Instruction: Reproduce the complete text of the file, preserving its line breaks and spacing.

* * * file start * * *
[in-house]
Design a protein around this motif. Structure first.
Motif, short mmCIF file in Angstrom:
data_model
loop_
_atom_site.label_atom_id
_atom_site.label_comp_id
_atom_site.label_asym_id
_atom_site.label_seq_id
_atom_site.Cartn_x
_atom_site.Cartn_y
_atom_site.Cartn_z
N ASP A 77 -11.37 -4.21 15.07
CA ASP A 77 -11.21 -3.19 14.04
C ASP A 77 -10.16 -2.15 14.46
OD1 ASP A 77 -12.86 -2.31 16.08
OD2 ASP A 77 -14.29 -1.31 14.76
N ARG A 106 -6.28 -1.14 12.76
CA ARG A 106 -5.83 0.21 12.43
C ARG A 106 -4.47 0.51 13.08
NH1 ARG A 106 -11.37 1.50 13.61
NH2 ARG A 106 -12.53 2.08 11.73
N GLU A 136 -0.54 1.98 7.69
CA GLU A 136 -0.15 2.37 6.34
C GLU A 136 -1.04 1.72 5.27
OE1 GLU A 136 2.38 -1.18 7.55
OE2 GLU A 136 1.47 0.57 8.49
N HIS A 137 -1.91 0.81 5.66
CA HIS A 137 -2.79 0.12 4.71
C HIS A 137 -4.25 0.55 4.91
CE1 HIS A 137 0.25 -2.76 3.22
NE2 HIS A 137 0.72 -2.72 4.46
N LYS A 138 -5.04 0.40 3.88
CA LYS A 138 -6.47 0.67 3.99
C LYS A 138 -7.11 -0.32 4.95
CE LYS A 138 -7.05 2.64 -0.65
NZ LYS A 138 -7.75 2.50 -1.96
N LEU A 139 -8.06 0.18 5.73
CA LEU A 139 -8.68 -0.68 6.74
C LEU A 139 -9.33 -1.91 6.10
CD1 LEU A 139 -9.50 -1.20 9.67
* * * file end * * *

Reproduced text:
[in-house]
Design a protein around this motif. Structure first.
Motif, short mmCIF file in Angstrom:
data_model
loop_
_atom_site.label_atom_id
_atom_site.label_comp_id
_atom_site.label_asym_id
_atom_site.label_seq_id
_atom_site.Cartn_x
_atom_site.Cartn_y
_atom_site.Cartn_z
N ASP A 77 -11.37 -4.21 15.07
CA ASP A 77 -11.21 -3.19 14.04
C ASP A 77 -10.16 -2.15 14.46
OD1 ASP A 77 -12.86 -2.31 16.08
OD2 ASP A 77 -14.29 -1.31 14.76
N ARG A 106 -6.28 -1.14 12.76
CA ARG A 106 -5.83 0.21 12.43
C ARG A 106 -4.47 0.51 13.08
NH1 ARG A 106 -11.37 1.50 13.61
NH2 ARG A 106 -12.53 2.08 11.73
N GLU A 136 -0.54 1.98 7.69
CA GLU A 136 -0.15 2.37 6.34
C GLU A 136 -1.04 1.72 5.27
OE1 GLU A 136 2.38 -1.18 7.55
OE2 GLU A 136 1.47 0.57 8.49
N HIS A 137 -1.91 0.81 5.66
CA HIS A 137 -2.79 0.12 4.71
C HIS A 137 -4.25 0.55 4.91
CE1 HIS A 137 0.25 -2.76 3.22
NE2 HIS A 137 0.72 -2.72 4.46
N LYS A 138 -5.04 0.40 3.88
CA LYS A 138 -6.47 0.67 3.99
C LYS A 138 -7.11 -0.32 4.95
CE LYS A 138 -7.05 2.64 -0.65
NZ LYS A 138 -7.75 2.50 -1.96
N LEU A 139 -8.06 0.18 5.73
CA LEU A 139 -8.68 -0.68 6.74
C LEU A 139 -9.33 -1.91 6.10
CD1 LEU A 139 -9.50 -1.20 9.67